Larger hematoma size and location were risk factors associated with dementia after an intracerebral hemorrhage when a blood vessel in the brain bursts, according to an article published online by JAMA Neurology.
Intracerebral hemorrhage (ICH) accounts for about 15 percent of all strokes and about 50 percent of stroke-related death and disability worldwide. Progressive cognitive decline is frequent after ICH but there is limited understanding of its risk factors.
Alessandro Biffi, M.D., of Massachusetts General Hospital, Boston, and coauthors studied patients who had ICH from 2006 through 2013. There were 738 patients (average age about 74) without pre-ICH dementia who were included in the analyses of early post-ICH dementia within six months. There were 435 patients included in the analyses of delayed post-ICH dementia after six months. The authors used a telephone-based tool to assess cognitive performance.
The study reports that 140 (19 percent) patients developed dementia within six months and 139 developed dementia after six months. Larger size of the hematoma (the clotted blood) and location in the brain were associated with risk for early post-ICH dementia within six months. Educational level, mood symptoms and the severity of white matter disease were associated with risk for delayed post-ICH dementia after six months.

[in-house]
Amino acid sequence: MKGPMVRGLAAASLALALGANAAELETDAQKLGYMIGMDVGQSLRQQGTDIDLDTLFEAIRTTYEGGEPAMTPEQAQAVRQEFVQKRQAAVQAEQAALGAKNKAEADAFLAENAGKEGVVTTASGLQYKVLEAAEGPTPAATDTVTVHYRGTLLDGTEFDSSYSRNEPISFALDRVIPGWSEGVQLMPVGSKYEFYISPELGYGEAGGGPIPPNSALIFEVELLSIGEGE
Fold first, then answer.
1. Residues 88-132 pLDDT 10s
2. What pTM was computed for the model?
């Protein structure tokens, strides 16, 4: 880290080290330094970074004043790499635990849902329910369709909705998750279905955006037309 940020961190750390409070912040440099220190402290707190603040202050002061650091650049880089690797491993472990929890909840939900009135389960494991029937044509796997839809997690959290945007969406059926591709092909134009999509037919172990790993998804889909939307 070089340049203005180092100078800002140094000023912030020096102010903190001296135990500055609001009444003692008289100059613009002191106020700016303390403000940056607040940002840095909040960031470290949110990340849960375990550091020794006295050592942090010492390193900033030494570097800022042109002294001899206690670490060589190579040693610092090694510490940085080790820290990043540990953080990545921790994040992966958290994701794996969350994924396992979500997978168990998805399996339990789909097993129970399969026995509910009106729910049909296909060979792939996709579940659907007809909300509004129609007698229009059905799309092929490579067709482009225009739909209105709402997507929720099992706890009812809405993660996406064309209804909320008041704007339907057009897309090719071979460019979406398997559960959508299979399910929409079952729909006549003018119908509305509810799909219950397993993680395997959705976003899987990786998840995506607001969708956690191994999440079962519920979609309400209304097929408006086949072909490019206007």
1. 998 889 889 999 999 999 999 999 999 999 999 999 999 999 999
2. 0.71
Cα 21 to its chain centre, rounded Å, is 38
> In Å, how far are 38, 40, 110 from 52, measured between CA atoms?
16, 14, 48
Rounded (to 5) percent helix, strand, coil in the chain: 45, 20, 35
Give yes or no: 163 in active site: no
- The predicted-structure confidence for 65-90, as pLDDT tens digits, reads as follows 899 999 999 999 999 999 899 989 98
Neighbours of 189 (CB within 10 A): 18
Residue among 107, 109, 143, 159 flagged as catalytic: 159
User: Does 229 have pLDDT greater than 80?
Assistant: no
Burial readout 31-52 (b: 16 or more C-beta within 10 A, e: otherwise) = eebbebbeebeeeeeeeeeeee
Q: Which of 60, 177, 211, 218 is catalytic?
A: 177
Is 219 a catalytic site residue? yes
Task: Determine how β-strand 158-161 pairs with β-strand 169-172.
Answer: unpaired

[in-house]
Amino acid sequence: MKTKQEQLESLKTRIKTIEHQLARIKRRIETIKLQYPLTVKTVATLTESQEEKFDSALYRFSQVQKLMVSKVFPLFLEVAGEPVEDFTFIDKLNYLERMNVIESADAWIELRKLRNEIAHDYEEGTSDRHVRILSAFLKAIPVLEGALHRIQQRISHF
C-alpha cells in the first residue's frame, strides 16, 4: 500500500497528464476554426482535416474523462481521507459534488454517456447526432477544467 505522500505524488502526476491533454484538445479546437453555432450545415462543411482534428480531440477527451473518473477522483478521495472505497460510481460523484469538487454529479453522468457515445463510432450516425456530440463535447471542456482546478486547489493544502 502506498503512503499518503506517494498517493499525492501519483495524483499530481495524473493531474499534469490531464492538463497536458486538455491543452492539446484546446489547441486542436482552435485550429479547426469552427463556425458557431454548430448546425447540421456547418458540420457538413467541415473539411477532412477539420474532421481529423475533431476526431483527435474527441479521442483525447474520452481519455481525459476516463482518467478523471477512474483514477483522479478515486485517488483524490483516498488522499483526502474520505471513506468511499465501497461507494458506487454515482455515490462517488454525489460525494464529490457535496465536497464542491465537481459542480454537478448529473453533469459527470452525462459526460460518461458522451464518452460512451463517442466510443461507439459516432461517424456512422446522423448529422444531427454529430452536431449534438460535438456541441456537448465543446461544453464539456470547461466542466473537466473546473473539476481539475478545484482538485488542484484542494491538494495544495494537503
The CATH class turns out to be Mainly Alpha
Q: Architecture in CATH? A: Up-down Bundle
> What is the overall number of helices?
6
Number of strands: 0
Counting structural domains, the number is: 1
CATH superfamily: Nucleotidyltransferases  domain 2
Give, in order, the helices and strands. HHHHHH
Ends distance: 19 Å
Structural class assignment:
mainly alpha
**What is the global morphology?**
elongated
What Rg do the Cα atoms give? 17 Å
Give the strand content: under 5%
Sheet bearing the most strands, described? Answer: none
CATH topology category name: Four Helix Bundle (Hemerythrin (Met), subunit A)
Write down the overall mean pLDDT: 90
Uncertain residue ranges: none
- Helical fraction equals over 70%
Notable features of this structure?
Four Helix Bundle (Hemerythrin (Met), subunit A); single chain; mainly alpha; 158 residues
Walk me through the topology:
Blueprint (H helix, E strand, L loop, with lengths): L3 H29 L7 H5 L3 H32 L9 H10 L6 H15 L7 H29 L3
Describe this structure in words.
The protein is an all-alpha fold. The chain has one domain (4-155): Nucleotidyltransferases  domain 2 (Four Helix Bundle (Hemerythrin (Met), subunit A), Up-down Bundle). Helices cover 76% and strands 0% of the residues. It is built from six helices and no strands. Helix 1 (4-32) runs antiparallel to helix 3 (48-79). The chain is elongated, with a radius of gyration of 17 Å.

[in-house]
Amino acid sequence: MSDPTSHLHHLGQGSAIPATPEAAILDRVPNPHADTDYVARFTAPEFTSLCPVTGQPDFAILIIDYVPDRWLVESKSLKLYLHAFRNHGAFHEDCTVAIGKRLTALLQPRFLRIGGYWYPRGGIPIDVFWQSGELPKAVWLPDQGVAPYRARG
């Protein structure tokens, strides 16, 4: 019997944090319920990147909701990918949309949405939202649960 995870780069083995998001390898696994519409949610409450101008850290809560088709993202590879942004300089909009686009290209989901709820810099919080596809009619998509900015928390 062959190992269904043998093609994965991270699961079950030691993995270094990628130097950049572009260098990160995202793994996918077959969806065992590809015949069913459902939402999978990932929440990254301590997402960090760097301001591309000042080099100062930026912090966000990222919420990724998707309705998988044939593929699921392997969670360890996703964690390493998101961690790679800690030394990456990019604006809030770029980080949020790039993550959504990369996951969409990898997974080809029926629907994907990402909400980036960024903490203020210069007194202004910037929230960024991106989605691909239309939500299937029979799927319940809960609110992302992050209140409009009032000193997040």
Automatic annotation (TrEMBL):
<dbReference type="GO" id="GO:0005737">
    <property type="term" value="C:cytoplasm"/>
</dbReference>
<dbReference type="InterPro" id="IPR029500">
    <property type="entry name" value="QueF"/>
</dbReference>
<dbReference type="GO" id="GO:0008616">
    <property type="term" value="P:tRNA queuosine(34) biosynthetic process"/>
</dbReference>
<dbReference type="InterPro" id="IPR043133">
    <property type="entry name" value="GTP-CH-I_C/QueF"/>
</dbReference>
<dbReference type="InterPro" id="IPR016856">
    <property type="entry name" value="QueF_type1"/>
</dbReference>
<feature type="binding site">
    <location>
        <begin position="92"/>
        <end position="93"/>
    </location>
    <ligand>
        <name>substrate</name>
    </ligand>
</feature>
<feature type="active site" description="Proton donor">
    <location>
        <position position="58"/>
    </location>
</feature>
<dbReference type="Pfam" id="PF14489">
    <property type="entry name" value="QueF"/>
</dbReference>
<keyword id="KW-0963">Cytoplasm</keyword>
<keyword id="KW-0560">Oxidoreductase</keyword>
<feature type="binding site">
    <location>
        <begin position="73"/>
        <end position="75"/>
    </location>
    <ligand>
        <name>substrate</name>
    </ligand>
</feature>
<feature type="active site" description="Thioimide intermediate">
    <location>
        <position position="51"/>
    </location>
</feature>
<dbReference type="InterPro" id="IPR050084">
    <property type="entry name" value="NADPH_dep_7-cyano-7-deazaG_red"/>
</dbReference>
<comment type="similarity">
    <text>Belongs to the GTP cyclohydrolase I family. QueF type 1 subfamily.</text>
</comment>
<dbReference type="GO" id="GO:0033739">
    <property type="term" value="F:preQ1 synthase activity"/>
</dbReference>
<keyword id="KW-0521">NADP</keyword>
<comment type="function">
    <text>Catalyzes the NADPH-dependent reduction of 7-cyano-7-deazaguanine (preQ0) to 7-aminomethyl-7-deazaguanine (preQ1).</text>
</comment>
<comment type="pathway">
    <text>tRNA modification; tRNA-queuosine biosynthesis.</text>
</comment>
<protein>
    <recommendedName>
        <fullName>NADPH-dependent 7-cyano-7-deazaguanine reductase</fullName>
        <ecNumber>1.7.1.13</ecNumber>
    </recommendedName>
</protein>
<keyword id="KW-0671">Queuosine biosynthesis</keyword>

The authors note study limitations include the use of telephone-based cognitive assessments rather than in-person interviews.
"These findings are of immediate clinical relevance to health care professionals and patients who have experienced ICH. Assuming replication of our findings in future studies, adequate communication of the risk of cognitive decline (especially beyond the immediate period after ICH) will represent a critical issue for physicians, their patients who have experienced ICH, and patients' family and caregivers," the authors conclude.
Editorial: Dementia After Intracerebral Hemorrhage
"The study by Biffi et al provides valuable insight into the frequency of early and late dementia after ICH as well as the possible etiologic factors. The frequency of dementia reported in this study emphasizes that it may be helpful to routinely incorporate questions about cognitive status and functional recovery after ICH. For delayed dementia, in particular, it remains unclear whether post-ICH cognitive decline is truly secondary to the ICH itself or if hemorrhage was perhaps a symptom of an ongoing process that also led to cognitive decline," Rebecca F. Gottesman, M.D., Ph.D., of Johns Hopkins University, Baltimore, writes in a related editorial.
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